Selecting the “I can’t access my alternate email address” radio button allows you to answer questions to challenge questions as follows:

Challenge/Response Questions

These are generic authentication questions, but in the case of Sarah Palin, the hacker had to answer one additional question that had to do with where she met her husband. The hacker guessed that Alaska’s governor had met her husband in high school, and knew the Republican vice presidential candidate’s date of birth and home Zip code, the Associated Press reported. Using those details, the hacker was able to successfully access Palin’s email account where he was able to assign a new password of “popcorn”.

The rest is simply news.

So what does the hacking of Sarah Palin’s email account tell us about security and Identity Management in general?

One of the big benefits of an Identity Management solution is that it provides end-users with a way to update their own data and reset their own passwords. This is a HUGE cost reduction for companies as it reduces the number of calls to the Help Desk. But just like everything else, there has to be a careful balance between security and convenience.

Authentication questions provide a means for users to gain access to their accounts when they have forgotten their passwords. This is the mechanism that Yahoo! Mail uses and has been adopted by many Identity Management solutions. Authentication questions are extremely convenient for companies that have password policies that are so stringent that their users cannot remember their passwords. They also come in handy after three-day holiday weekends as the day that employees return to work typically generates numerous calls to the Help Desk for password reset.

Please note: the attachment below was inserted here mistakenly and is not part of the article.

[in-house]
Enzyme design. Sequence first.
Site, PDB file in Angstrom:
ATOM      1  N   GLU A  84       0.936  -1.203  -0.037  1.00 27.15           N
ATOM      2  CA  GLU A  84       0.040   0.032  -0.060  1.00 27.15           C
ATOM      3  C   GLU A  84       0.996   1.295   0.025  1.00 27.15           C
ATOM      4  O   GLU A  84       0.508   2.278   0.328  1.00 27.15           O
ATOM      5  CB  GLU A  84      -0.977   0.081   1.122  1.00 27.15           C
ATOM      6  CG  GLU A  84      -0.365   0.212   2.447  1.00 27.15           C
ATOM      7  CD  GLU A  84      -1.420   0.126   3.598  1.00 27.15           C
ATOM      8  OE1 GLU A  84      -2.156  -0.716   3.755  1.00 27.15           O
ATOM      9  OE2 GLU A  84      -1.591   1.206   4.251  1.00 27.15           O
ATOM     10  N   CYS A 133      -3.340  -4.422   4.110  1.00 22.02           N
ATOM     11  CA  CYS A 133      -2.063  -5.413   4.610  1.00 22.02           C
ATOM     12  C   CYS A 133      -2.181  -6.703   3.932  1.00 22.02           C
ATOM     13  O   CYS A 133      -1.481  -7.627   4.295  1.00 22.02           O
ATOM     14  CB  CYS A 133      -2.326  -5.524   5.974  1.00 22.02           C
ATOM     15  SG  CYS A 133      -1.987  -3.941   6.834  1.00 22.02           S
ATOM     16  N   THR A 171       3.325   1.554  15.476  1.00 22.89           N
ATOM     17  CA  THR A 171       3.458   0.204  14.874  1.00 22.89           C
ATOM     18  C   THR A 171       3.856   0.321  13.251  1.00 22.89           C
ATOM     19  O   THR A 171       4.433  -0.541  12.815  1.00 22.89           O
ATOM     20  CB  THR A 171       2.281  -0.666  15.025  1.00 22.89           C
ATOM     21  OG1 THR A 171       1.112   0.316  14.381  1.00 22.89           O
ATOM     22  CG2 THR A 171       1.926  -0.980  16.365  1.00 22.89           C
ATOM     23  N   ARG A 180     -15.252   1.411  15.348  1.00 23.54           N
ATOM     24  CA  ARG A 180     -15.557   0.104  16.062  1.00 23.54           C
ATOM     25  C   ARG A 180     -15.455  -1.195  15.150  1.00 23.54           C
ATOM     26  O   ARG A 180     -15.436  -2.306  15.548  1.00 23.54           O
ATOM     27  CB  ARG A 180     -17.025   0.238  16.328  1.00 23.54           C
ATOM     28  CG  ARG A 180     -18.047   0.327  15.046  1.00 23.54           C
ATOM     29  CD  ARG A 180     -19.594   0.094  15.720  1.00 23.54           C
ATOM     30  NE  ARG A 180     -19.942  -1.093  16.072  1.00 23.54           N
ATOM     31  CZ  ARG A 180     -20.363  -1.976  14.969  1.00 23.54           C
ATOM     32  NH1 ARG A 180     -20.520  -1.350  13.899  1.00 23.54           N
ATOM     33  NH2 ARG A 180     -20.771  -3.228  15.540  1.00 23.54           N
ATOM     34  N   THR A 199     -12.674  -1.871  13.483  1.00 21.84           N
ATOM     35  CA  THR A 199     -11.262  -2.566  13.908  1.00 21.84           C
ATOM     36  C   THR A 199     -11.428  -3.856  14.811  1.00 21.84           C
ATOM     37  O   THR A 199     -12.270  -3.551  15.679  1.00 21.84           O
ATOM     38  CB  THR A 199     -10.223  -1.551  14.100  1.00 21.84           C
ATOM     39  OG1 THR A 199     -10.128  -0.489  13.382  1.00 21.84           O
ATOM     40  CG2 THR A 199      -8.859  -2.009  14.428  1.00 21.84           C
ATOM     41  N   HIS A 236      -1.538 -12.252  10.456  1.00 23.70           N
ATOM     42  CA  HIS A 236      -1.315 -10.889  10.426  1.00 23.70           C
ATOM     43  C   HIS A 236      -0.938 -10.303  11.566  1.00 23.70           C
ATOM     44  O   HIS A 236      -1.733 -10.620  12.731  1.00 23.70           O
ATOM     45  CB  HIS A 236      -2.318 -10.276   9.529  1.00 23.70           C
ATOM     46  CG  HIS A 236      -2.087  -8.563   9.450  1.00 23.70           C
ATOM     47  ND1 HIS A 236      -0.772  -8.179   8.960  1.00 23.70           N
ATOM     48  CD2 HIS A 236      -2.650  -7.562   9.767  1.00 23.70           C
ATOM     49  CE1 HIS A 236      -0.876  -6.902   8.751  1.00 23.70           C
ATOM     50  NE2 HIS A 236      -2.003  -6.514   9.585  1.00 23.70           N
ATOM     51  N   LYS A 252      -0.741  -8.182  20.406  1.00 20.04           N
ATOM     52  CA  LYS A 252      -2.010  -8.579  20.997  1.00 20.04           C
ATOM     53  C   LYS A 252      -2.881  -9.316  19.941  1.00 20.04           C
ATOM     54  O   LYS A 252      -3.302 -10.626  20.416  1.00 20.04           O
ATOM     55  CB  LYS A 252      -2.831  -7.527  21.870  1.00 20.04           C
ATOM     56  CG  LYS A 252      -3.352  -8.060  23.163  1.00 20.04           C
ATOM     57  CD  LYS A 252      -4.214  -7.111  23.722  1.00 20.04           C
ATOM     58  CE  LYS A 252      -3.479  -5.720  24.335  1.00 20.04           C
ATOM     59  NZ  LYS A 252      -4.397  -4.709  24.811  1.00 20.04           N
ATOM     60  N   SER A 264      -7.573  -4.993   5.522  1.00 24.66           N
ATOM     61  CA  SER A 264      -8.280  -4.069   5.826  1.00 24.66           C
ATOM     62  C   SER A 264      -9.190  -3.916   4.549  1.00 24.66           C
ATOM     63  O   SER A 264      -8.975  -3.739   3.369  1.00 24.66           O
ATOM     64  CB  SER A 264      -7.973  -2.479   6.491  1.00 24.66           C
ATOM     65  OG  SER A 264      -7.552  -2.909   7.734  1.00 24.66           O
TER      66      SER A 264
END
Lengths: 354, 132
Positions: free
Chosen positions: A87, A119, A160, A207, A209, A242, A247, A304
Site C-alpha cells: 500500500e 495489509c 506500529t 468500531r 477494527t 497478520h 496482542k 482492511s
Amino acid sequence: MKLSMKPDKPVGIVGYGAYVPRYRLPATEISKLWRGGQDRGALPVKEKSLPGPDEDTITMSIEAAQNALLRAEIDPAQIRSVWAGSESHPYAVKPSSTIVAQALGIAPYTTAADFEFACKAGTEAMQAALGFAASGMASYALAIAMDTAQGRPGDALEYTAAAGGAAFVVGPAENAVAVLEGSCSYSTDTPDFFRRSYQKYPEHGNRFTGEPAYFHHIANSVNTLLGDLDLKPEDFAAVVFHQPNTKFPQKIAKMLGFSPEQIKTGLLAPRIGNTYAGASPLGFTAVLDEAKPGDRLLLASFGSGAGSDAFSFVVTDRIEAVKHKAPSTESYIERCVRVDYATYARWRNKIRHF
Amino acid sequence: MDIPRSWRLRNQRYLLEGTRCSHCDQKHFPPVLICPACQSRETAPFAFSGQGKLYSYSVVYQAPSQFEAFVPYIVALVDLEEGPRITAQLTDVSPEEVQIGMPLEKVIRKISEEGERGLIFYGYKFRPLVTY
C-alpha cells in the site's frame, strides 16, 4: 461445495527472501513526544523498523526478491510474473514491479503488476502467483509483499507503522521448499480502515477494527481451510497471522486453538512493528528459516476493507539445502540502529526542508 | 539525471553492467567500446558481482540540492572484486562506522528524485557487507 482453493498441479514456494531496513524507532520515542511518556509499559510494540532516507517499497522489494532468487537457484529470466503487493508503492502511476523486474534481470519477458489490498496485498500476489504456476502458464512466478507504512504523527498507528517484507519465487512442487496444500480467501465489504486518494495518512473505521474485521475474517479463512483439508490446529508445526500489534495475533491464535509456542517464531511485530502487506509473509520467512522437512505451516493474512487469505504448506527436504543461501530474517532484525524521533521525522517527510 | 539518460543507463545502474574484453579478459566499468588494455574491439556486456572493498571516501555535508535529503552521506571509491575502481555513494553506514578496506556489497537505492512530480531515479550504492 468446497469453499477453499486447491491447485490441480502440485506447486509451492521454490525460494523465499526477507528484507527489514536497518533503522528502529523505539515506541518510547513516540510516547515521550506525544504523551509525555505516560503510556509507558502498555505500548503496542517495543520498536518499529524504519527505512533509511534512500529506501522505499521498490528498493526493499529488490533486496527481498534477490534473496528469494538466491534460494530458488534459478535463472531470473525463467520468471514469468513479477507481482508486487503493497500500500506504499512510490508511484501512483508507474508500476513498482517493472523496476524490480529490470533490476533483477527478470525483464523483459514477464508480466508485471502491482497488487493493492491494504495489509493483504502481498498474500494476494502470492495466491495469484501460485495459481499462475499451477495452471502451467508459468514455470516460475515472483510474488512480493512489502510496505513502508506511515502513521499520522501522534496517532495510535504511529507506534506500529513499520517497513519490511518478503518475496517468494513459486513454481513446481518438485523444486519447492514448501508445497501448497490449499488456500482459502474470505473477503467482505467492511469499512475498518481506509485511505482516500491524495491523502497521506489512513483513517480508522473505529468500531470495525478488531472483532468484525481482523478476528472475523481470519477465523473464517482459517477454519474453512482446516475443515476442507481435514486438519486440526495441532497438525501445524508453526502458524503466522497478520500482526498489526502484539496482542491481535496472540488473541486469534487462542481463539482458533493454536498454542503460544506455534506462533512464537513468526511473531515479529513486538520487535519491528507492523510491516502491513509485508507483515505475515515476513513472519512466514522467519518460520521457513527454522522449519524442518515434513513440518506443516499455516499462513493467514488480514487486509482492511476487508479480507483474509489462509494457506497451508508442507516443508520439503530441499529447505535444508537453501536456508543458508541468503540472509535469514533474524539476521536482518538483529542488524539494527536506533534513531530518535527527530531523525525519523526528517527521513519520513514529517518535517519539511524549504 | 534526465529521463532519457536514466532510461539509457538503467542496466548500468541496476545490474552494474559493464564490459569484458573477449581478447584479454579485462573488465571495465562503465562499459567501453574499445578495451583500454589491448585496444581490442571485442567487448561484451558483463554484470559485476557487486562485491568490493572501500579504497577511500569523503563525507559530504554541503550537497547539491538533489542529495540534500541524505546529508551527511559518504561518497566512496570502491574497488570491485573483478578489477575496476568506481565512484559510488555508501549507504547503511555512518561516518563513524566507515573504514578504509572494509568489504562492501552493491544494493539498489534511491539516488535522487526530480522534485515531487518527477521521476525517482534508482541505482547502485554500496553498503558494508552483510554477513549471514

While authentication questions are convenient and produce a cost savings, a company does, however, need to take care when providing this solution. Who decides what the questions are and what happens if the end-user does not have an answer for a particular question? These are some of the issues that need to be considered. I have seen questions all over the board. Below are some of the ones that I find particularly insecure since many of them can be answered by Google searches or social engineering. In some cases, the questions cannot be answered with one answer and some cannot be answered at all.

Questions that can be answered by social engineering or search:

· What is your mother’s maiden name?
· In what city where you born?
· In what year where you born?
· What was your first school?
· What was your first phone number?

Questions that might not be answered at all:
· Who is your favorite superhero?
· What is your pet’s name?
· What is your library card number?
· What was your first teacher’s name?
· What is the air speed velocity of a coconut-laden swallow?

If you force a user to provide answers that are easily obtainable, then your risk is drastically increased (just ask Sarah Palin). If you force users to answer questions that are difficult (or impossible) to answer, then then your risk is also increased as the user may just provide a common answer to all questions (i.e. “blue”). So either way you go, it can be a difficult decision to make.